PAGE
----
Bile salts provide the only significant mechanism for cholesterol excretion, both as a metabolic product of cholesterol and as a solubilizer of cholesterol in bile.

Figure 18.10 Conjugated bile salts. Note “cholic” in the names.


D. Action of intestinal flora on bile salts

Bacteria in the intestine can deconjugate (remove glycine and taurine) bile salts. They can also remove the hydroxyl group at carbon 7, producing “secondary” bile salts such as deoxycholic acid from cholic acid and lithocholic acid from chenodeoxycholic acid (Figure 18.11).

Figure 18.11 Enterohepatic circulation of bile salts. [Note: Primary forms are converted to secondary forms by dehydroxylation.]


E. Enterohepatic circulation

Bile salts secreted into the intestine are efficiently reabsorbed (greater than 95%) and reused. The liver actively secretes bile salts into the bile. In the intestine, they are reabsorbed in the terminal ileum via a Na+-bile salt cotransporter and returned to the blood via a separate transport system. [Note: Lithocolic acid is only poorly absorbed.] They are efficiently taken up from blood by the hepatocytes via an isoform of the cotransporter and reused. [Note: Albumin binds bile salts noncovalently and transports them through the blood as was seen with fatty acids.] The continuous process of secretion of bile salts into the bile, their passage through the duodenum where some are deconjugated then dehydroxylated to secondary bile salts, their uptake in the ileum, and their subsequent return to the liver as a mixture of primary and secondary forms is termed the enterohepatic circulation (see Figure 18.11). Between 15 and 30 g of bile salts are secreted from the liver into the duodenum each day, yet only about 0.5 g (less than 3%) is lost daily in the feces. Approximately 0.5 g/day is synthesized from cholesterol in the liver to replace the amount lost. Bile acid sequestrants, such as cholestyramine, bind bile salts in the gut; prevent their reabsorption; and, so, promote their excretion. They are used in the treatment of hypercholesterolemia because the removal of bile salts relieves the inhibition on bile acid synthesis in the liver, thereby diverting additional cholesterol into that pathway. [Note: Dietary fiber also binds bile salts and increases their excretion.]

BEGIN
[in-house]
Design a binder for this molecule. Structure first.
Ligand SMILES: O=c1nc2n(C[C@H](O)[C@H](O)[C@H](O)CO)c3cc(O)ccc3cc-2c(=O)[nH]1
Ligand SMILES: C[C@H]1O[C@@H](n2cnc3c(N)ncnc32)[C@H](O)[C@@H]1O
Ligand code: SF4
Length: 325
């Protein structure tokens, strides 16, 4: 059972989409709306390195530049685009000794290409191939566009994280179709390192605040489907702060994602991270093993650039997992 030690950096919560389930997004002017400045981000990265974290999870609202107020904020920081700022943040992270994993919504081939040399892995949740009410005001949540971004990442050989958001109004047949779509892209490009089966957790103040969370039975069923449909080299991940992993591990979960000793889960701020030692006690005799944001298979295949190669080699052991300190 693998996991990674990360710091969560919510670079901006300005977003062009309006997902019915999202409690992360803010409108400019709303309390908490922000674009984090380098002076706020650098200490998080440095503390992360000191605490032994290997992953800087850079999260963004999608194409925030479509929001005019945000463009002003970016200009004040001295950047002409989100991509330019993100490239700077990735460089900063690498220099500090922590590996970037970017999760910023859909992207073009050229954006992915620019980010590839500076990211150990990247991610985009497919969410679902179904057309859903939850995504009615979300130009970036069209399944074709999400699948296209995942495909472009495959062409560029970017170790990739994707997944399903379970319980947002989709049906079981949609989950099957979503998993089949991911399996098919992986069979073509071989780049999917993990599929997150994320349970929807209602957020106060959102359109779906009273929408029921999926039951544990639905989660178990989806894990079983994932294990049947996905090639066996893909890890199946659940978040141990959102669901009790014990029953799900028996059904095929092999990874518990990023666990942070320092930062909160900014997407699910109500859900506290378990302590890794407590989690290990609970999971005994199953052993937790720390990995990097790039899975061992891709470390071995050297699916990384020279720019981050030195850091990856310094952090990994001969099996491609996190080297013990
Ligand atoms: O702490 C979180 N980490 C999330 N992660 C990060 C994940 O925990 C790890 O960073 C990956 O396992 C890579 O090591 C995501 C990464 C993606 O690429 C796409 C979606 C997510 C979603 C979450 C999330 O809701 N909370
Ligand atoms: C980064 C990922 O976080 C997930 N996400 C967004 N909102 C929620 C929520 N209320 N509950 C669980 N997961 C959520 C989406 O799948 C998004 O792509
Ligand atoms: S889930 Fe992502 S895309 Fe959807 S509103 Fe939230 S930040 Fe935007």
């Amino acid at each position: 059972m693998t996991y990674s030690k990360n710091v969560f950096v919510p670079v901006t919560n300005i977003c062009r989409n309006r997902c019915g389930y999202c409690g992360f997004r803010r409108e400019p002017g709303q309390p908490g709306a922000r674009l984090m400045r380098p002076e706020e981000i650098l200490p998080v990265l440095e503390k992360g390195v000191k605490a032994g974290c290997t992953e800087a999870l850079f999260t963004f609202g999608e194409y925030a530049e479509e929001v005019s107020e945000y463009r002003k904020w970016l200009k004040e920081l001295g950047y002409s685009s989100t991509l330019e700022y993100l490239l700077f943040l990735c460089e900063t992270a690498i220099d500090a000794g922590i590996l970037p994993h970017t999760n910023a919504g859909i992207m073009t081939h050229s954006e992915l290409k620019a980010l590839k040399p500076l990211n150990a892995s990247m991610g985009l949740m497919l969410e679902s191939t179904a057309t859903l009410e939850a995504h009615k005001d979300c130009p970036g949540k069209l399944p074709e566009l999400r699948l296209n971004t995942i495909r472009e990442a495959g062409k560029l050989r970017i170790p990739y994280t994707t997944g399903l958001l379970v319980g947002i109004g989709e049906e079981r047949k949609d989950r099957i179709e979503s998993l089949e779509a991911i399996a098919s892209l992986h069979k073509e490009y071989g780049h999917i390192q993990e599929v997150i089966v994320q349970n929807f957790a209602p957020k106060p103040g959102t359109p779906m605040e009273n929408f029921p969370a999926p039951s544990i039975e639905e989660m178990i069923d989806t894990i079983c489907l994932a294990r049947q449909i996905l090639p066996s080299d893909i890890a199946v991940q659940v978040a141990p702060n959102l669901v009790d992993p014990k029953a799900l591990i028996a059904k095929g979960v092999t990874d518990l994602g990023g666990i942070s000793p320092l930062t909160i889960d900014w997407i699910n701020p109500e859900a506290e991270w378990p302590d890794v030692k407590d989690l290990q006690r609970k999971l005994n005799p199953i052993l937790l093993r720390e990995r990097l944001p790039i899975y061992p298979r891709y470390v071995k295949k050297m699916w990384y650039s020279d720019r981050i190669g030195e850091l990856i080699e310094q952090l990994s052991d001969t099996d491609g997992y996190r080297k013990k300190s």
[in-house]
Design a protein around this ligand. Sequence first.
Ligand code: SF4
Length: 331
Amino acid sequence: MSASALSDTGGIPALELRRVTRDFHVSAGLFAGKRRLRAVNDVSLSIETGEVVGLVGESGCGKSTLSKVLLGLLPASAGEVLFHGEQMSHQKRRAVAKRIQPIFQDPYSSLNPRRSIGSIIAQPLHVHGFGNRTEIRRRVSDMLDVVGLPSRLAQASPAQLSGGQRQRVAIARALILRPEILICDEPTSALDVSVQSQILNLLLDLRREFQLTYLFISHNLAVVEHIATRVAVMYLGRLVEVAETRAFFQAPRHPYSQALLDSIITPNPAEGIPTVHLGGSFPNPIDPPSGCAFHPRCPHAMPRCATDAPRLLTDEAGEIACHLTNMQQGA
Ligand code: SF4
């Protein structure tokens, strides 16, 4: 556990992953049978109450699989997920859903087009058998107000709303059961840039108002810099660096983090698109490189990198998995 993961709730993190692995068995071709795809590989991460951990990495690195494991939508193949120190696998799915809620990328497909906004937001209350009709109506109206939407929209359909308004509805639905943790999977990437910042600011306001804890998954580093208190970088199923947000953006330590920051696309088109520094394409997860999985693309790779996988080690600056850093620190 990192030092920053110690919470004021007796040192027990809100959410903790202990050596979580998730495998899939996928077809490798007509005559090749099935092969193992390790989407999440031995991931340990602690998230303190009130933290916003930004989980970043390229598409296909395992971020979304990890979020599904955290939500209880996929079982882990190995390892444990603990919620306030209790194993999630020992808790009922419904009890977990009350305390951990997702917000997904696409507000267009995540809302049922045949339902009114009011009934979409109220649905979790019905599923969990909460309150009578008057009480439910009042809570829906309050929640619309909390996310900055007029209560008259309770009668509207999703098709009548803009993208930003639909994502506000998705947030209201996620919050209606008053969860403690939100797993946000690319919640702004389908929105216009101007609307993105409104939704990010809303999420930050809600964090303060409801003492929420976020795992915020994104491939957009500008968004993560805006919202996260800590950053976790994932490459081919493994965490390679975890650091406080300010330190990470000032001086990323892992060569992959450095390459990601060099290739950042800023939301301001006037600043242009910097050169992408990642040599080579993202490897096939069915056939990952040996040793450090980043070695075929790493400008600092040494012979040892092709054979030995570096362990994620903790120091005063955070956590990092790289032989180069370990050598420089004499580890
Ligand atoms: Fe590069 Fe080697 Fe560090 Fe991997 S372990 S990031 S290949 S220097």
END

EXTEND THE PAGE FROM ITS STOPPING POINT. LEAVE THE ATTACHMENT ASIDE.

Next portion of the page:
F. Bile salt deficiency: cholelithiasis

The movement of cholesterol from the liver into the bile must be accompanied by the simultaneous secretion of phospholipid and bile salts. If this dual process is disrupted and more cholesterol is present than can be solubilized by the bile salts and phosphatidylcholine present, the cholesterol may precipitate in the gallbladder, leading to cholesterol gallstone disease, or cholelithiasis (Figure 18.12). This disorder is typically caused by a decrease of bile acids in the bile. Cholelithiasis also may result from increased secretion of cholesterol into bile, as seen with the use of fibrates (for example, gemfibrozil) to reduce cholesterol (and triacylglycerol) in the blood. Laparoscopic cholecystectomy (surgical removal of the gallbladder through a small incision) is currently the treatment of choice. However, for patients who are unable to undergo surgery, oral administration of chenodeoxycholic acid to supplement the body’s supply of bile acids results in a gradual (months to years) dissolution of the gallstones. [Note: Cholesterol stones account for over 85% of cases of cholelithiasis, with bilirubin and mixed stones accounting for the rest].

Figure 18.12 Gallbladder with gallstones.